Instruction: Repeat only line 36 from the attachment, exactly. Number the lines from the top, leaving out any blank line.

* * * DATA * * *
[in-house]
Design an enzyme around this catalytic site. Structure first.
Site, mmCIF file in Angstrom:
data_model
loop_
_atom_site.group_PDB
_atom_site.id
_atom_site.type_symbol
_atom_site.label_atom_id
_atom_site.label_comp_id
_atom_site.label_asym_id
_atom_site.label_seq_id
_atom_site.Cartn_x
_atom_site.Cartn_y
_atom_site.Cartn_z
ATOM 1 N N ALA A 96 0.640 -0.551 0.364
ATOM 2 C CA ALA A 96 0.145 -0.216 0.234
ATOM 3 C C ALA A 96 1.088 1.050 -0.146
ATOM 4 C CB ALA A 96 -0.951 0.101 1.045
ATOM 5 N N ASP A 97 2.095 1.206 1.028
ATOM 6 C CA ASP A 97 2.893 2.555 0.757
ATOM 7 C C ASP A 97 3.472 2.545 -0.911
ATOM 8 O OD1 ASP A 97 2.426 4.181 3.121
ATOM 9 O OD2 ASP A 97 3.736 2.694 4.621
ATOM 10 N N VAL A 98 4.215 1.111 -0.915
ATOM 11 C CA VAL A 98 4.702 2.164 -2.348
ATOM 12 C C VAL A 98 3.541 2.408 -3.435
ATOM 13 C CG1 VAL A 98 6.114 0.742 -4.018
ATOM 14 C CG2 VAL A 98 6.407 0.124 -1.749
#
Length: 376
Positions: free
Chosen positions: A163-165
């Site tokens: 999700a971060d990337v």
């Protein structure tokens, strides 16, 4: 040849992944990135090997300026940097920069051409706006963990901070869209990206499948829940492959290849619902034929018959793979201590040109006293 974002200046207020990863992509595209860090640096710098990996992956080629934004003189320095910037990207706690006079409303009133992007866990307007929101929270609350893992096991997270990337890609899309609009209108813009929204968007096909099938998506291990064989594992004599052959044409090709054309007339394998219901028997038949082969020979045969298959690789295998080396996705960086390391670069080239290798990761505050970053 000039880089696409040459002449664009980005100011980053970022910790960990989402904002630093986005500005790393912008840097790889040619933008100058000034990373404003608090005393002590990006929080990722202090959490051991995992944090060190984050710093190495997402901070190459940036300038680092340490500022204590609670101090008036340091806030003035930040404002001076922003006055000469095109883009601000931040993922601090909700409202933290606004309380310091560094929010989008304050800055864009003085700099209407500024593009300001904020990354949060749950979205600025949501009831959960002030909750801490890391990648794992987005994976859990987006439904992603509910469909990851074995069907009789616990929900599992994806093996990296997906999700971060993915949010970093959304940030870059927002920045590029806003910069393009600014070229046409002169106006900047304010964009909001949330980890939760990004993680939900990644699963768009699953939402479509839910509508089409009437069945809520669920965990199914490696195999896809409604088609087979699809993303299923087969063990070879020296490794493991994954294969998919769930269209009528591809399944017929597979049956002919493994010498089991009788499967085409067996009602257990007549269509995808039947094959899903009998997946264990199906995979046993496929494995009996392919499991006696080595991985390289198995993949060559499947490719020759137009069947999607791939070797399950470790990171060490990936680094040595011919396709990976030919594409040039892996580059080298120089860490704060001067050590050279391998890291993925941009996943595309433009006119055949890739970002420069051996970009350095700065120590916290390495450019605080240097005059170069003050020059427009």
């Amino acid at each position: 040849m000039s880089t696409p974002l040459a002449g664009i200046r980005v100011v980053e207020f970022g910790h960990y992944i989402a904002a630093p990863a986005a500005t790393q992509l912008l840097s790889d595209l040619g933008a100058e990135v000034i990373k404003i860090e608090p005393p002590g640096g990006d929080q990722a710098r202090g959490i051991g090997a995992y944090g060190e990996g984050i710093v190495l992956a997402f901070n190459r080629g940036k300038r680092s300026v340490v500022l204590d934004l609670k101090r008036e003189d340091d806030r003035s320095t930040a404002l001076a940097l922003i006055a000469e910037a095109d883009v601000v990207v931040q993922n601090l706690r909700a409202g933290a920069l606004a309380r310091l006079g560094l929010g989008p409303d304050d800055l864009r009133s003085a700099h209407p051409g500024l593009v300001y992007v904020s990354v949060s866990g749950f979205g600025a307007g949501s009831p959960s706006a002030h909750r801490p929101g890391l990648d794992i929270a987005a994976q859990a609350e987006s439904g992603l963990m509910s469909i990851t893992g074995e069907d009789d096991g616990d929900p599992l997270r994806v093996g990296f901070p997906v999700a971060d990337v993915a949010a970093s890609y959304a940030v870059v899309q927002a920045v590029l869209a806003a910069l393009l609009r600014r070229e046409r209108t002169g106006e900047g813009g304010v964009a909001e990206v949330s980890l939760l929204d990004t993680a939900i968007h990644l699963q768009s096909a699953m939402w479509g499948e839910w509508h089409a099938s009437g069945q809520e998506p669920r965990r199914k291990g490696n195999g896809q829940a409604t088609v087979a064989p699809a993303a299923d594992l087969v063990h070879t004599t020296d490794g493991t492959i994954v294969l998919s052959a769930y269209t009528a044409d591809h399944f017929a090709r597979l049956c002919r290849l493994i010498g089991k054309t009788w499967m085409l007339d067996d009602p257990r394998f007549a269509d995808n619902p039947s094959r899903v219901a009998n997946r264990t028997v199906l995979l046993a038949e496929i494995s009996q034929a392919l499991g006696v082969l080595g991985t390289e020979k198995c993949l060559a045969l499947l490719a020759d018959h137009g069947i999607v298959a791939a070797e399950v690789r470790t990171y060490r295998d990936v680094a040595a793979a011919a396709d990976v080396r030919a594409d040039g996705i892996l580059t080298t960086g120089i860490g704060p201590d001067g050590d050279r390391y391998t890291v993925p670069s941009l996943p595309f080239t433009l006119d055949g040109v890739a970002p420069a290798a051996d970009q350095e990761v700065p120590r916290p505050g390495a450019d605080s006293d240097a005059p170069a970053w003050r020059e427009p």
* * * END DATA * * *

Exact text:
């Amino acid at each position: 040849m000039s880089t696409p974002l040459a002449g664009i200046r980005v100011v980053e207020f970022g910790h960990y992944i989402a904002a630093p990863a986005a500005t790393q992509l912008l840097s790889d595209l040619g933008a100058e990135v000034i990373k404003i860090e608090p005393p002590g640096g990006d929080q990722a710098r202090g959490i051991g090997a995992y944090g060190e990996g984050i710093v190495l992956a997402f901070n190459r080629g940036k300038r680092s300026v340490v500022l204590d934004l609670k101090r008036e003189d340091d806030r003035s320095t930040a404002l001076a940097l922003i006055a000469e910037a095109d883009v601000v990207v931040q993922n601090l706690r909700a409202g933290a920069l606004a309380r310091l006079g560094l929010g989008p409303d304050d800055l864009r009133s003085a700099h209407p051409g500024l593009v300001y992007v904020s990354v949060s866990g749950f979205g600025a307007g949501s009831p959960s706006a002030h909750r801490p929101g890391l990648d794992i929270a987005a994976q859990a609350e987006s439904g992603l963990m509910s469909i990851t893992g074995e069907d009789d096991g616990d929900p599992l997270r994806v093996g990296f901070p997906v999700a971060d990337v993915a949010a970093s890609y959304a940030v870059v899309q927002a920045v590029l869209a806003a910069l393009l609009r600014r070229e046409r209108t002169g106006e900047g813009g304010v964009a909001e990206v949330s980890l939760l929204d990004t993680a939900i968007h990644l699963q768009s096909a699953m939402w479509g499948e839910w509508h089409a099938s009437g069945q809520e998506p669920r965990r199914k291990g490696n195999g896809q829940a409604t088609v087979a064989p699809a993303a299923d594992l087969v063990h070879t004599t020296d490794g493991t492959i994954v294969l998919s052959a769930y269209t009528a044409d591809h399944f017929a090709r597979l049956c002919r290849l493994i010498g089991k054309t009788w499967m085409l007339d067996d009602p257990r394998f007549a269509d995808n619902p039947s094959r899903v219901a009998n997946r264990t028997v199906l995979l046993a038949e496929i494995s009996q034929a392919l499991g006696v082969l080595g991985t390289e020979k198995c993949l060559a045969l499947l490719a020759d018959h137009g069947i999607v298959a791939a070797e399950v690789r470790t990171y060490r295998d990936v680094a040595a793979a011919a396709d990976v080396r030919a594409d040039g996705i892996l580059t080298t960086g120089i860490g704060p201590d001067g050590d050279r390391y391998t890291v993925p670069s941009l996943p595309f080239t433009l006119d055949g040109v890739a970002p420069a290798a051996d970009q350095e990761v700065p120590r916290p505050g390495a450019d605080s006293d240097a005059p170069a970053w003050r020059e427009p």